filed a complaint in this Court. (Docket No. 1). Defendants
moved to dismiss on November 6, 2019. (Docket No. 82).
evaluating a Rule 12(b)(6) motion to dismiss, the court must
accept all factual allegations in the complaint as true and
draw all reasonable inferences in the plaintiff's favor.
Langadinos v. American Airlines, Inc., 199 F.3d 68,
69 (1st Cir. 2000). To survive the motion, the complaint must
allege “a plausible entitlement to relief.”
Bell Atl. Corp. v. Twombly, 550 U.S. 544, 559
(2007). “[A] plaintiff's obligation to provide the
‘grounds' of his ‘entitle[ment] to
relief' requires more than labels and conclusions, and a
formulaic recitation of the elements of a cause of action
will not do.” Id. at 555. “The relevant
inquiry focuses on the reasonableness of the inference of
liability that the plaintiff is asking the court to draw from
the facts alleged in the complaint.”
Ocasio-Hernandez v. Fortuno-Burset, 640 F.3d 1, 13
(1st Cir. 2011). “[W]here the well-pleaded facts do not
permit the court to infer more than the mere possibility of
misconduct, the complaint has alleged-but it has not
‘show[n]'-that the pleader is entitled to
relief.” Ashcroft v. Iqbal, 556 U.S. 662, 679
(2009) (quoting Fed.R.Civ.P. 8(a)(2)).
Plaintiff appears pro se, the Court construes his
pleadings more favorably than it would those drafted by an
attorney. See Erickson v. Pardus, 551 U.S. 89, 94
(2007). Nevertheless, Plaintiff must comply with procedural
and substantive law. See Ahmed v. Rosenblatt, 118
F.3d 886, 890 (1st Cir. 1997).
makes three main allegations against Ms. Armey: (1) He told
Ms. Armey that Mr. Hill and Mr. Zabek were stealing frames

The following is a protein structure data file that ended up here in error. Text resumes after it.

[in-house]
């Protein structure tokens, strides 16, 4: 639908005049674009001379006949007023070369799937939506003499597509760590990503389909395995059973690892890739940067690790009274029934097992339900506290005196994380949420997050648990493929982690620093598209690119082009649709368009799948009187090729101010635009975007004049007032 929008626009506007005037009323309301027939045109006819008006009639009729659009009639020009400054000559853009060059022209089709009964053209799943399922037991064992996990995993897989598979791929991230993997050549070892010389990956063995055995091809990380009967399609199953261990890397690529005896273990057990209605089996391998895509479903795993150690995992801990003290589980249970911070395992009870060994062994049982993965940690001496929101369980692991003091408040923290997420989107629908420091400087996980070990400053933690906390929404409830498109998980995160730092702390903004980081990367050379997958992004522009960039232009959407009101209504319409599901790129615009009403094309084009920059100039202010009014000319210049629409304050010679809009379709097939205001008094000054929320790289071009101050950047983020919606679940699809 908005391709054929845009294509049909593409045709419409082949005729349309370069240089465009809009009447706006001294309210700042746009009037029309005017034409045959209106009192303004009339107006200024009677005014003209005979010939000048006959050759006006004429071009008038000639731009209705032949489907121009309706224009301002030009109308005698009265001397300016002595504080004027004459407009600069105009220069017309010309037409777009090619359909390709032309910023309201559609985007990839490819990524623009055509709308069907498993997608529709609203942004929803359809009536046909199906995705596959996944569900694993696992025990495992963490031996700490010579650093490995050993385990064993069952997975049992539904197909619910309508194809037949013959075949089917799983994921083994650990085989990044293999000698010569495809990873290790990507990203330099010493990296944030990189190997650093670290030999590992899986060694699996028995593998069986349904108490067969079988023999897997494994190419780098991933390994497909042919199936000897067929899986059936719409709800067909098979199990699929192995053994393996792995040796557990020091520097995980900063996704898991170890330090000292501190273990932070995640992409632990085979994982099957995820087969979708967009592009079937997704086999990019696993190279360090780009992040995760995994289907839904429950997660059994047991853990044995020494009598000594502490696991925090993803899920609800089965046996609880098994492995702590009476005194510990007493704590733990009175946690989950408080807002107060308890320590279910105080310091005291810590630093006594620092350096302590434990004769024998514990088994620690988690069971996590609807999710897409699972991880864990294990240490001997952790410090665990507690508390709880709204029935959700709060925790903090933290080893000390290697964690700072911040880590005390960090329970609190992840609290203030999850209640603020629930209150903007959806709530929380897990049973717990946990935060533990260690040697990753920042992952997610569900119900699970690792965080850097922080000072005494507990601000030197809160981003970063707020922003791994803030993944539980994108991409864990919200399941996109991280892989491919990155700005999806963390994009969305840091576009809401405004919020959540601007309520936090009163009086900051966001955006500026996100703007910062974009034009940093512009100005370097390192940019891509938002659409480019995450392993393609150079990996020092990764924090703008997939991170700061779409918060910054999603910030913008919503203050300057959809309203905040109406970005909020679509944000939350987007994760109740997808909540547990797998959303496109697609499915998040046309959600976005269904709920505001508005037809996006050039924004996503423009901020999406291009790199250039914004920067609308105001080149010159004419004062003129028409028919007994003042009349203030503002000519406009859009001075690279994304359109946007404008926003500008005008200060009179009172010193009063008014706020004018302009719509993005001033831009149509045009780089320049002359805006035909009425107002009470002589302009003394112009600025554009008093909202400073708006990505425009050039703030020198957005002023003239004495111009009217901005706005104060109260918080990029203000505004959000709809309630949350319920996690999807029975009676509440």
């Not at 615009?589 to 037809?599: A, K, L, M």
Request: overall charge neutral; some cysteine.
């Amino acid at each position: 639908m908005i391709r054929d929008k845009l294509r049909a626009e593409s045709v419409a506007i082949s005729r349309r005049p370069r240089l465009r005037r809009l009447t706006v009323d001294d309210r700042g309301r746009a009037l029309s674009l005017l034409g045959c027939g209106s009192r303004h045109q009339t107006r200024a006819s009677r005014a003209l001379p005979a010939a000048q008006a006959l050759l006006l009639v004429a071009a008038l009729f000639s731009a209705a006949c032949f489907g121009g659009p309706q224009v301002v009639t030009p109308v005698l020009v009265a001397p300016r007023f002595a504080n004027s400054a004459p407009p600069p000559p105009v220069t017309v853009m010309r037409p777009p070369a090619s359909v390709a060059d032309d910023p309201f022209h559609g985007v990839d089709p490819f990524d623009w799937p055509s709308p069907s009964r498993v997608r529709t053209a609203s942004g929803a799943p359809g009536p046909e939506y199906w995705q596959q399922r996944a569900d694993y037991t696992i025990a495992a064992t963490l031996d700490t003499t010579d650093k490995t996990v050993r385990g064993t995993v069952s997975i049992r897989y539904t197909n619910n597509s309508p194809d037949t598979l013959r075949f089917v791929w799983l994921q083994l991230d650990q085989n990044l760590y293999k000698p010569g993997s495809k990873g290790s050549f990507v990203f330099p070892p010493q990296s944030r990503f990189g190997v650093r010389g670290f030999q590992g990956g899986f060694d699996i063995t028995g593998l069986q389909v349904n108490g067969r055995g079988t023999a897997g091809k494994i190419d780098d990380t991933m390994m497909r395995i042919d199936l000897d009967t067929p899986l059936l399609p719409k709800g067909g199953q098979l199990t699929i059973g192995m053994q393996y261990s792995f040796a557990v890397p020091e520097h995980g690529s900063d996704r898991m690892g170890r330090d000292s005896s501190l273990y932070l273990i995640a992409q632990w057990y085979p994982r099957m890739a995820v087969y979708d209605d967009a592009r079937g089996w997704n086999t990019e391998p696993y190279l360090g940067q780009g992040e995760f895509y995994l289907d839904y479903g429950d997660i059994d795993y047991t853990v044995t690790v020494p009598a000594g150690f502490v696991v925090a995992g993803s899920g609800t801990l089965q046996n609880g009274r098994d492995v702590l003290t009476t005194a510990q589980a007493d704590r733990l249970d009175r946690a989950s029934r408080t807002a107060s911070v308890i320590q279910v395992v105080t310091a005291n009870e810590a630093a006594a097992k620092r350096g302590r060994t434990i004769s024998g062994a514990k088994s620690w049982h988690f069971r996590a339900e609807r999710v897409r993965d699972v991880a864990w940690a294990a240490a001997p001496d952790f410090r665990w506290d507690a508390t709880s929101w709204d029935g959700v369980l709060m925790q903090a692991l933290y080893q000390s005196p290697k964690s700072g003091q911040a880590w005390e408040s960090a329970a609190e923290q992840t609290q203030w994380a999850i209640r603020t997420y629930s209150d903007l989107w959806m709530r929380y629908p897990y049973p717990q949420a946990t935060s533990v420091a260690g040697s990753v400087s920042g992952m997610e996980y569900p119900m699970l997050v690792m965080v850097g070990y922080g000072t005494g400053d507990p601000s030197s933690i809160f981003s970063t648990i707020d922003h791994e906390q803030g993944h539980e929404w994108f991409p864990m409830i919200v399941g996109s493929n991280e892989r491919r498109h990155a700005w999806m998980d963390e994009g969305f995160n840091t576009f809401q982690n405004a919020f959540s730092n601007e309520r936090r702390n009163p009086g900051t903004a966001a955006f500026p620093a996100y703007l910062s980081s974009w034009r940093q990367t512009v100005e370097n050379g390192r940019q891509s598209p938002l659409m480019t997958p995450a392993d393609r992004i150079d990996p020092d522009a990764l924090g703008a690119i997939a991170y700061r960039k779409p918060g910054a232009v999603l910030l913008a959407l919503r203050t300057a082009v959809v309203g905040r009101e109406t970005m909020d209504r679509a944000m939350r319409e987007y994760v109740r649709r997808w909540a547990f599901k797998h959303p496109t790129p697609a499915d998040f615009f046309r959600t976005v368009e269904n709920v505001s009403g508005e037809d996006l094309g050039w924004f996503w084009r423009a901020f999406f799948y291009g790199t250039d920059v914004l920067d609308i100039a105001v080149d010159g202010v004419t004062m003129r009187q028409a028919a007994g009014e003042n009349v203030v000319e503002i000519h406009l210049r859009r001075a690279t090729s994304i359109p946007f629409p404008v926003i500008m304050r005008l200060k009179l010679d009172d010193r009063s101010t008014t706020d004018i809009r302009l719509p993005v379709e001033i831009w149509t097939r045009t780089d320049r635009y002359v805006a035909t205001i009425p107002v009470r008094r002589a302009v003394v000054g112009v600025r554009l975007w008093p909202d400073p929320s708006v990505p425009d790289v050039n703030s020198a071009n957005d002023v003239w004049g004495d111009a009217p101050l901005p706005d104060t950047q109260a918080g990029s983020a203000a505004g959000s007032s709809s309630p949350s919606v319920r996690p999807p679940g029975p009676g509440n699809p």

from MassCor's frame room (Docket No. 1 at 11); (2) Ms.
Armey informed Mr. Hill and Mr. Zabek that Plaintiff was the
one who had reported them after their rooms were searched
(Docket No. 1 at 11); and (3) Ms. Armey disclosed the
contents of Plaintiff's informal complaint and formal
grievance to Mr. Hill, who passed that information on to
other inmates, “causing [Plaintiff] to remain living in
fear” (Docket No. 1 at 12).
these allegations favorably, the Court finds that they
suffice to state a claim for cruel and unusual punishment,
intentional infliction of emotional distress, and failure to
protect. Plaintiff alleges that Ms. Armey's
actions-informing Mr. Hill and Mr. Zabek that Plaintiff had
reported them and sharing the details of Plaintiff's
informal complaint and formal grievance with Mr. Hill-caused
him to receive threats from other inmates. Plaintiff also
alleges facts allowing the Court to reasonably infer that Ms.
Armey knew the effect that at least some of her disclosures
would have on Plaintiff's safety when she made them. In
his informal complaint, for example, Plaintiff contends that
Ms. Armey put his life in danger by informing Mr. Hill and
Mr. Zabek about his report. (Docket No. 1-2 at 5). Ms. Armey
received a copy of this complaint, putting her on notice of
the danger to Plaintiff. She nonetheless proceeded to inform
Mr. Hill about its contents. (Docket No. 1 at 12). Similarly,
in his formal grievance, Plaintiff states that he received
threats as a result of Ms. Armey disclosing his report and
the contents of his informal complaint to Mr. Hill and/or Mr.